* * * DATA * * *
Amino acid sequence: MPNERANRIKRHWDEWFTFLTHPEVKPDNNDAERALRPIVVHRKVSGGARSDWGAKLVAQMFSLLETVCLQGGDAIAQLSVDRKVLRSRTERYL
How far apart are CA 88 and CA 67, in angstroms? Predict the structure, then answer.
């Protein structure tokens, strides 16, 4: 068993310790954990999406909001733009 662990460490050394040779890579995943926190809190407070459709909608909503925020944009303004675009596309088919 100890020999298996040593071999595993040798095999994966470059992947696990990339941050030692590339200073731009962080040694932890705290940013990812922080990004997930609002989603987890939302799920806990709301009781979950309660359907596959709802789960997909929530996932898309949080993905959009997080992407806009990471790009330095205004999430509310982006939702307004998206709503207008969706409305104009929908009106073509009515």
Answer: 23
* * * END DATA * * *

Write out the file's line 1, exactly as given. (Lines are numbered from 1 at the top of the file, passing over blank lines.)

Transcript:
Amino acid sequence: MPNERANRIKRHWDEWFTFLTHPEVKPDNNDAERALRPIVVHRKVSGGARSDWGAKLVAQMFSLLETVCLQGGDAIAQLSVDRKVLRSRTERYL